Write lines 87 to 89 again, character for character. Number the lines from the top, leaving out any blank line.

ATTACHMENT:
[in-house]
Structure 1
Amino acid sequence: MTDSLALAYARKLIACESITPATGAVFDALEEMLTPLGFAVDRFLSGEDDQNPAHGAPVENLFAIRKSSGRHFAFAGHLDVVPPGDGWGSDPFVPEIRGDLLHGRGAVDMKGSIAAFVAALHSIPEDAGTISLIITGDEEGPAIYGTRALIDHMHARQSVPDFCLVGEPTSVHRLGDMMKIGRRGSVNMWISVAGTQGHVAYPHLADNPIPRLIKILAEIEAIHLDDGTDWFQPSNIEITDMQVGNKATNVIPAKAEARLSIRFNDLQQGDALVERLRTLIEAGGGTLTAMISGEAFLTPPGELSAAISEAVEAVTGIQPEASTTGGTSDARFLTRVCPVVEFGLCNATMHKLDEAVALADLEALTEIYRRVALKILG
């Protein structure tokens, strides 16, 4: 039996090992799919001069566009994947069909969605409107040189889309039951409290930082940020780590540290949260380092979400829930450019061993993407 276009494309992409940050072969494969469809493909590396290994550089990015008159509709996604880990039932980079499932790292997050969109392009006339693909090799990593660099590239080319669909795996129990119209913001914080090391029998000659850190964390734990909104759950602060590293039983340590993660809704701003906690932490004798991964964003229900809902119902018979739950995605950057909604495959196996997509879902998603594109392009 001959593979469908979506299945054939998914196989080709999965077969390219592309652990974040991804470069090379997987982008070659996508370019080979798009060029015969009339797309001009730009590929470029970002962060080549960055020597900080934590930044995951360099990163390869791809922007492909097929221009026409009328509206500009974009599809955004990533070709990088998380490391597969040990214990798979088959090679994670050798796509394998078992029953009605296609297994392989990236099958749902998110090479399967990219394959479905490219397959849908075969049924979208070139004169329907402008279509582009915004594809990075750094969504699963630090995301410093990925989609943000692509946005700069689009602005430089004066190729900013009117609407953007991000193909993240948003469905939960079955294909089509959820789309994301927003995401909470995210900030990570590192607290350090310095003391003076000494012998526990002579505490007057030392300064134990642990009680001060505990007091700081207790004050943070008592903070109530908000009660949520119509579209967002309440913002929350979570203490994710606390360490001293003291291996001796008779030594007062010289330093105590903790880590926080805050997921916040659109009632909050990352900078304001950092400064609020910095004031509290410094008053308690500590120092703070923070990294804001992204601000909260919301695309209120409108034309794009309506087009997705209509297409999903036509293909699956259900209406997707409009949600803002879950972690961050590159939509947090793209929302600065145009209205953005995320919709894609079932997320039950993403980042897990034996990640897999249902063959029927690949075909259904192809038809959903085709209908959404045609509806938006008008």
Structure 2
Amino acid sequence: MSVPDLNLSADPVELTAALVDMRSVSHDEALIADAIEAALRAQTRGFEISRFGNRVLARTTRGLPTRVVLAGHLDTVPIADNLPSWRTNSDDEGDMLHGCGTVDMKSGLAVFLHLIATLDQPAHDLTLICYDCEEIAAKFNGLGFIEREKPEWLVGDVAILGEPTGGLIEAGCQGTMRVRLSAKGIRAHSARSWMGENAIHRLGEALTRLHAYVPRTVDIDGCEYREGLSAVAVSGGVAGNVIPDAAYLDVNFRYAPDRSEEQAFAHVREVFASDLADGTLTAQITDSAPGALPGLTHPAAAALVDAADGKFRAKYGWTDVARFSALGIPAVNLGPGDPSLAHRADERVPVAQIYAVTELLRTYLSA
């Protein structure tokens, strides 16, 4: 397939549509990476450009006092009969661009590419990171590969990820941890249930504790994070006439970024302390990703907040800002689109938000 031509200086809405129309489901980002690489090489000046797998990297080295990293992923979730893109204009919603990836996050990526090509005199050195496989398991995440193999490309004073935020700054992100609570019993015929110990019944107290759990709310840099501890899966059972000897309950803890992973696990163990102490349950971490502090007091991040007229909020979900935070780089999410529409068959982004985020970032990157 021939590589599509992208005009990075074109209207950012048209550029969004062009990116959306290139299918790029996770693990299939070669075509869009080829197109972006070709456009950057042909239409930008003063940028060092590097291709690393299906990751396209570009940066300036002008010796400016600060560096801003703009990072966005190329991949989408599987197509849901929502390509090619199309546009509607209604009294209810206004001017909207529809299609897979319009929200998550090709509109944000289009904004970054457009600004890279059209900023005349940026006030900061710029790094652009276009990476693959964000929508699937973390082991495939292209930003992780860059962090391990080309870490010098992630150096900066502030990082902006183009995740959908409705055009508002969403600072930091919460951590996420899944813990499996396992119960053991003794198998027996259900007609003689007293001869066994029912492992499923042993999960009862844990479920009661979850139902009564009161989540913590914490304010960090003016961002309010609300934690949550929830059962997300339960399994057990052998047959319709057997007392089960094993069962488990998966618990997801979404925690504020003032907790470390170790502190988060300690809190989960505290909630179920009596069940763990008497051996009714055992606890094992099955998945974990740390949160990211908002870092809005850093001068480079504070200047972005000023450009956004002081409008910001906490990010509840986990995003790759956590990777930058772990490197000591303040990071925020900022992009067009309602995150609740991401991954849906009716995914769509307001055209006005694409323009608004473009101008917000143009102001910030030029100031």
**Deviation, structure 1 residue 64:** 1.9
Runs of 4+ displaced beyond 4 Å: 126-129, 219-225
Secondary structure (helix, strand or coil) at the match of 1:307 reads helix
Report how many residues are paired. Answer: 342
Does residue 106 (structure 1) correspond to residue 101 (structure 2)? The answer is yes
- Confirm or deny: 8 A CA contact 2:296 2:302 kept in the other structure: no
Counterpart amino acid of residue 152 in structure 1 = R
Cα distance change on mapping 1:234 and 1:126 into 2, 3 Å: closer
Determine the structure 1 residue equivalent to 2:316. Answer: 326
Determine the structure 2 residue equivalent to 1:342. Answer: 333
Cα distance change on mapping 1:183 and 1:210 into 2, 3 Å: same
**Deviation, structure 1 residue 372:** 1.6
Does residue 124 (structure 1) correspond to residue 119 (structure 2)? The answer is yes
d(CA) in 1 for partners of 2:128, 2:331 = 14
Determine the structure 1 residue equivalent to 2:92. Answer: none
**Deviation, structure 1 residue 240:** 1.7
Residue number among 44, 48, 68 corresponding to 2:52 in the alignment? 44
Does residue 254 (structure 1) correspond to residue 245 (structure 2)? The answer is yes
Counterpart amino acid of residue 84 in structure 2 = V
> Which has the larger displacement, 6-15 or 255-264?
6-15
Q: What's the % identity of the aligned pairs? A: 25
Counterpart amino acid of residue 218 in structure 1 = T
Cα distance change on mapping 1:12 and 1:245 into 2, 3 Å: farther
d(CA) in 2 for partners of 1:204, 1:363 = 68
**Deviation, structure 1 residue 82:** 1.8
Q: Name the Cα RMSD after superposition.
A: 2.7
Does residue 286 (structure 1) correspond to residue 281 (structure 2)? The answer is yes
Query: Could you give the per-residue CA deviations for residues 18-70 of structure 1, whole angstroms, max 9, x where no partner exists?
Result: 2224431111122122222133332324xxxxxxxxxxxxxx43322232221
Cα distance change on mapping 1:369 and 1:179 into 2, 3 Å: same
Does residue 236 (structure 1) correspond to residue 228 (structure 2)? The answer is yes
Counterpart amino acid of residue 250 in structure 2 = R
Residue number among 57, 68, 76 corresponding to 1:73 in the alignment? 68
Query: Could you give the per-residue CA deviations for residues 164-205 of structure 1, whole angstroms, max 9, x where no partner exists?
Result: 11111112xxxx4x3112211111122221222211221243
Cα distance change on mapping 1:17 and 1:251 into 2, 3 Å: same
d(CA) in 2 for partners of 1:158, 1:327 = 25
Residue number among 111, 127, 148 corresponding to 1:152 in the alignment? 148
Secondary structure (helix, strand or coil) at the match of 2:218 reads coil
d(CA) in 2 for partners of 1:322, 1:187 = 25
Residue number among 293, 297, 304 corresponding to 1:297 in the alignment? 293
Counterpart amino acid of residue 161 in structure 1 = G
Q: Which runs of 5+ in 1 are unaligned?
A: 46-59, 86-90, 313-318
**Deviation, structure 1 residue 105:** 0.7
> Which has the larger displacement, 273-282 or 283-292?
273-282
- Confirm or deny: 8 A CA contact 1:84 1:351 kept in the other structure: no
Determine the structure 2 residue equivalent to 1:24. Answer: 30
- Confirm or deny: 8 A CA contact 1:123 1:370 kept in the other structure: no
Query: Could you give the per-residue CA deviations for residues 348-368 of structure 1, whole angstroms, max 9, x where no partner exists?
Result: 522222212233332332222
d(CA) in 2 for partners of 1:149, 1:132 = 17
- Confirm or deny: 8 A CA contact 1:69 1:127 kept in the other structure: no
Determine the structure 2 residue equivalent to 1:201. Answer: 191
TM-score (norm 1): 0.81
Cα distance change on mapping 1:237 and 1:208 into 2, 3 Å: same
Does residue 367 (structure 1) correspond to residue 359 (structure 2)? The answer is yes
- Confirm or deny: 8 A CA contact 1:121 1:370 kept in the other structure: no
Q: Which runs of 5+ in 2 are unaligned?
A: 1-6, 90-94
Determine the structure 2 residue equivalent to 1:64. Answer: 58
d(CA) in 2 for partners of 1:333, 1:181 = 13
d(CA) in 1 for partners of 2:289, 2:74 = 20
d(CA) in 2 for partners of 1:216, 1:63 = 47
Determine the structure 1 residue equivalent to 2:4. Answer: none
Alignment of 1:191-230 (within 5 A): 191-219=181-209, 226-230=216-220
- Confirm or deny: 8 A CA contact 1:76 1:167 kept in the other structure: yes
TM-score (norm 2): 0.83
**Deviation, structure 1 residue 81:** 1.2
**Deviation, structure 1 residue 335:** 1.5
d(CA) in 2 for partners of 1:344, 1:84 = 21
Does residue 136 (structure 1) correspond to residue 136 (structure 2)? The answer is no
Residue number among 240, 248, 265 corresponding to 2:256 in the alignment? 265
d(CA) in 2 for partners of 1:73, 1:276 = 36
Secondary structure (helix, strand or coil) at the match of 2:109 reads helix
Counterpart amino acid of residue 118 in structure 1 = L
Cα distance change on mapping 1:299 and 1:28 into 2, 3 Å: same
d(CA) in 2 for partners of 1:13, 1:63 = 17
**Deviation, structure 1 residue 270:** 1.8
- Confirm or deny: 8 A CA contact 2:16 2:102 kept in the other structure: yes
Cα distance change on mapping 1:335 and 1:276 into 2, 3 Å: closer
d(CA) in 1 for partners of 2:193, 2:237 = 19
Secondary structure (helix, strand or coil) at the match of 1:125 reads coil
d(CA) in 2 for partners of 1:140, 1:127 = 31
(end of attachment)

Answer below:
Cα distance change on mapping 1:299 and 1:28 into 2, 3 Å: same
d(CA) in 2 for partners of 1:13, 1:63 = 17
**Deviation, structure 1 residue 270:** 1.8